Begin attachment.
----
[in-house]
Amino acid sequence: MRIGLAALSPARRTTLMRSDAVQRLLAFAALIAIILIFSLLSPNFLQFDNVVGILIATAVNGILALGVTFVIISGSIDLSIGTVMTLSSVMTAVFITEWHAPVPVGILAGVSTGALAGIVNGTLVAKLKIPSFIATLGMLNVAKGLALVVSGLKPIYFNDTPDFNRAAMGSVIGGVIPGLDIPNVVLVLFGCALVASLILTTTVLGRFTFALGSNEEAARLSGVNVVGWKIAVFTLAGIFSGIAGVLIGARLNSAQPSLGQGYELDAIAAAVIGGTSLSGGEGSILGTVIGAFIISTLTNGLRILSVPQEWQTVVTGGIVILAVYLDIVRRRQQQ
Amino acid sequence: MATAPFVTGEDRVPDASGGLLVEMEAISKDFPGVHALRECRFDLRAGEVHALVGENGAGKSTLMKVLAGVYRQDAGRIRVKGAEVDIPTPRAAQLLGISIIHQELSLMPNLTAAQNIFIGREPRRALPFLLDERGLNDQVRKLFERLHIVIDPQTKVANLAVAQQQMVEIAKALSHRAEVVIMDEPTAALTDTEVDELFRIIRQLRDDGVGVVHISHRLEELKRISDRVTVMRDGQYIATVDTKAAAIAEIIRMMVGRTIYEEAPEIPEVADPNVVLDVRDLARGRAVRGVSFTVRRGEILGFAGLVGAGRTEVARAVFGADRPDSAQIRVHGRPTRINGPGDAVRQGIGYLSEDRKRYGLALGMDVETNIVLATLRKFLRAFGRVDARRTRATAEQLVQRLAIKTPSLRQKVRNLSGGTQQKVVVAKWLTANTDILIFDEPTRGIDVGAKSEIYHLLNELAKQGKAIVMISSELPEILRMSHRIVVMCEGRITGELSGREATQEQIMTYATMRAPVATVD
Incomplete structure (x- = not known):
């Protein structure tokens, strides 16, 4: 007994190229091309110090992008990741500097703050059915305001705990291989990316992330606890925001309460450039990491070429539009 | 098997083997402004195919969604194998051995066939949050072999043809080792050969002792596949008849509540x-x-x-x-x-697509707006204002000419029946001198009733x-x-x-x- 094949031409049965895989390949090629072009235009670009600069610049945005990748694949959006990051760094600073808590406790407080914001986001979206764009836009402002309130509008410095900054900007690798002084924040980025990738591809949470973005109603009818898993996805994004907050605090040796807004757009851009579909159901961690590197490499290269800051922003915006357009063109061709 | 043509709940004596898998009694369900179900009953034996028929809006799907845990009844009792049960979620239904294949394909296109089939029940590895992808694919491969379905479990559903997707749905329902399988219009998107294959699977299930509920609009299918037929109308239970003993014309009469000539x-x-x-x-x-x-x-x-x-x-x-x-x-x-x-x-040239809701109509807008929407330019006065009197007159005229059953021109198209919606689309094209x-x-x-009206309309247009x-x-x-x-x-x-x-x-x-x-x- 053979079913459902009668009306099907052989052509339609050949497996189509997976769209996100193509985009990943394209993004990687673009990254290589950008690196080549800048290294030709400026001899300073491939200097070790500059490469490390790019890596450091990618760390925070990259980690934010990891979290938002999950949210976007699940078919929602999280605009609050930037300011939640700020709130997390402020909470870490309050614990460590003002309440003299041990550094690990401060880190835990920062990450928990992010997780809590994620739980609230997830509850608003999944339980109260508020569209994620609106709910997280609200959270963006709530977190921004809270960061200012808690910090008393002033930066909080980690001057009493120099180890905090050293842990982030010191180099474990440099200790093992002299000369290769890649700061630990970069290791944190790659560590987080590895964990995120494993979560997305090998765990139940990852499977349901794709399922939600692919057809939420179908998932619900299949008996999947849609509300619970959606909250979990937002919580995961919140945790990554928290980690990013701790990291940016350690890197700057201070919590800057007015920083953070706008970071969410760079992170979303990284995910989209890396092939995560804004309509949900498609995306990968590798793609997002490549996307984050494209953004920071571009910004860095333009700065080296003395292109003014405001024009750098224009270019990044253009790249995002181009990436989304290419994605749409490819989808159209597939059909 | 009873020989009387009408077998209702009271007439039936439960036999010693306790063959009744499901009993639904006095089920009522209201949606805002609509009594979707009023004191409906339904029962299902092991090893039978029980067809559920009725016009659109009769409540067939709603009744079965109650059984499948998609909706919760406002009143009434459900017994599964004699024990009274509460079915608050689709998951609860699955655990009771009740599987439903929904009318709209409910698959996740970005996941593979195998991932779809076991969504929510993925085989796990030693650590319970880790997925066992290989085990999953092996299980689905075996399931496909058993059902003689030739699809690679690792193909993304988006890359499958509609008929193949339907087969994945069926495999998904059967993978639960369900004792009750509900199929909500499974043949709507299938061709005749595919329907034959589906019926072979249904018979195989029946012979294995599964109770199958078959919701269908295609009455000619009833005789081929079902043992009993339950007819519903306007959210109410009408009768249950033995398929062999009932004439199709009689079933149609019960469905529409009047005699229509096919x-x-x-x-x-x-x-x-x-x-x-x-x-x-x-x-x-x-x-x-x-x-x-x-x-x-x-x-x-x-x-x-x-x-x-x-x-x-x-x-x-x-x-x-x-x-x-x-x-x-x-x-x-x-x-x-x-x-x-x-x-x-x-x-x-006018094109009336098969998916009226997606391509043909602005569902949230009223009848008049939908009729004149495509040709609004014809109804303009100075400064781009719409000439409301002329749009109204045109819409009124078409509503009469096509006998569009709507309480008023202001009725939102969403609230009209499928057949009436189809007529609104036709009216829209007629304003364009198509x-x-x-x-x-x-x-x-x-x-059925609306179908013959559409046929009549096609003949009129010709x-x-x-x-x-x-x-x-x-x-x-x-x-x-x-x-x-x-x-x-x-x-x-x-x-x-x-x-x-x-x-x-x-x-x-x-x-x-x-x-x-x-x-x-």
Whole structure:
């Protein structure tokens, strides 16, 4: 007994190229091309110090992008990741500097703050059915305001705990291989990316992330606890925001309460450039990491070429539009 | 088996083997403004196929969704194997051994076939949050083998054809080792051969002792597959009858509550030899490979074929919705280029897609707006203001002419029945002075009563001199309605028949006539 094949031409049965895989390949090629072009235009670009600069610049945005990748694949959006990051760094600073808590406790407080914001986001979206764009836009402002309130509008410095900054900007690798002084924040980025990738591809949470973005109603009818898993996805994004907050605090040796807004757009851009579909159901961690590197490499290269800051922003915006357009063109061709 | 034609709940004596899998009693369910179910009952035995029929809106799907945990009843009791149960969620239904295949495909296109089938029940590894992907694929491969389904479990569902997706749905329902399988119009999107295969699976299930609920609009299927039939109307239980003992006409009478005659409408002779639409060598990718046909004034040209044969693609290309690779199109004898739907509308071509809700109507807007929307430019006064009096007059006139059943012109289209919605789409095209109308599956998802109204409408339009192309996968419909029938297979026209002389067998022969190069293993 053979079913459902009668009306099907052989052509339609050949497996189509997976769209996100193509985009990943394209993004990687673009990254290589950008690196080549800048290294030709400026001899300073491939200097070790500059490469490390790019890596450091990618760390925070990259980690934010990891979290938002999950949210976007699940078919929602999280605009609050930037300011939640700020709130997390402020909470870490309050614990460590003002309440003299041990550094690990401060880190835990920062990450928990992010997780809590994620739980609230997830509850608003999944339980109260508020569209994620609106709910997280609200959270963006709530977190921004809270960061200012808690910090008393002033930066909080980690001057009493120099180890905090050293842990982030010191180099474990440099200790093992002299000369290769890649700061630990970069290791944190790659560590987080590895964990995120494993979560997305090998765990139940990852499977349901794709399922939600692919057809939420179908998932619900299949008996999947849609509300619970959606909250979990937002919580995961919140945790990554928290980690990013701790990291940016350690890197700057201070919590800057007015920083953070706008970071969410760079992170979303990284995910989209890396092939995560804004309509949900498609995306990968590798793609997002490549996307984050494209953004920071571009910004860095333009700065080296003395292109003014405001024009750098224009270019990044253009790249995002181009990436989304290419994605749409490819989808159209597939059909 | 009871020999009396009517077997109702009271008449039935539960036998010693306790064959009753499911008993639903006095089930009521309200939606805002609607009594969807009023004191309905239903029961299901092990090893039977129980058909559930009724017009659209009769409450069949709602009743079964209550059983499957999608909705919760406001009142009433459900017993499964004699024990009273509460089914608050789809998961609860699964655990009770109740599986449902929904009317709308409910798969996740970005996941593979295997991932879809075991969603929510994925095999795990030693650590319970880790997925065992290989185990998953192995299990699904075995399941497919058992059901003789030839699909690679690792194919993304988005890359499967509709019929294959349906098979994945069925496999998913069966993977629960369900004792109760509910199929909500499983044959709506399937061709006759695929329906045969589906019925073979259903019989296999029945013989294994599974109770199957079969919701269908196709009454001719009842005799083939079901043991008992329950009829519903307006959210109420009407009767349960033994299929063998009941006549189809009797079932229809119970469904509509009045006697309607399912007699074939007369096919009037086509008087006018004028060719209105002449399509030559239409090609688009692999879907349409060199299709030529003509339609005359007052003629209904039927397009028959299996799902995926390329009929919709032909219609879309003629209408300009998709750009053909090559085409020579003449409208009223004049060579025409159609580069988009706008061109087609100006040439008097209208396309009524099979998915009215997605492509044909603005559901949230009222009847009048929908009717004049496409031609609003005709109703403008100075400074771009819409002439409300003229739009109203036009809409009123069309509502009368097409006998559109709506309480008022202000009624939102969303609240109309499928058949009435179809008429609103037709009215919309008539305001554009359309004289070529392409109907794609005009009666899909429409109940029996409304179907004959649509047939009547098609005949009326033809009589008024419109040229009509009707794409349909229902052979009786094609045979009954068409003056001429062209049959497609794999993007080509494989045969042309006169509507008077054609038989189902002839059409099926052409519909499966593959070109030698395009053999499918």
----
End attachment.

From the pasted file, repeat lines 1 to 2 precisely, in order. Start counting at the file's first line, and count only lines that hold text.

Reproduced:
[in-house]
Amino acid sequence: MRIGLAALSPARRTTLMRSDAVQRLLAFAALIAIILIFSLLSPNFLQFDNVVGILIATAVNGILALGVTFVIISGSIDLSIGTVMTLSSVMTAVFITEWHAPVPVGILAGVSTGALAGIVNGTLVAKLKIPSFIATLGMLNVAKGLALVVSGLKPIYFNDTPDFNRAAMGSVIGGVIPGLDIPNVVLVLFGCALVASLILTTTVLGRFTFALGSNEEAARLSGVNVVGWKIAVFTLAGIFSGIAGVLIGARLNSAQPSLGQGYELDAIAAAVIGGTSLSGGEGSILGTVIGAFIISTLTNGLRILSVPQEWQTVVTGGIVILAVYLDIVRRRQQQ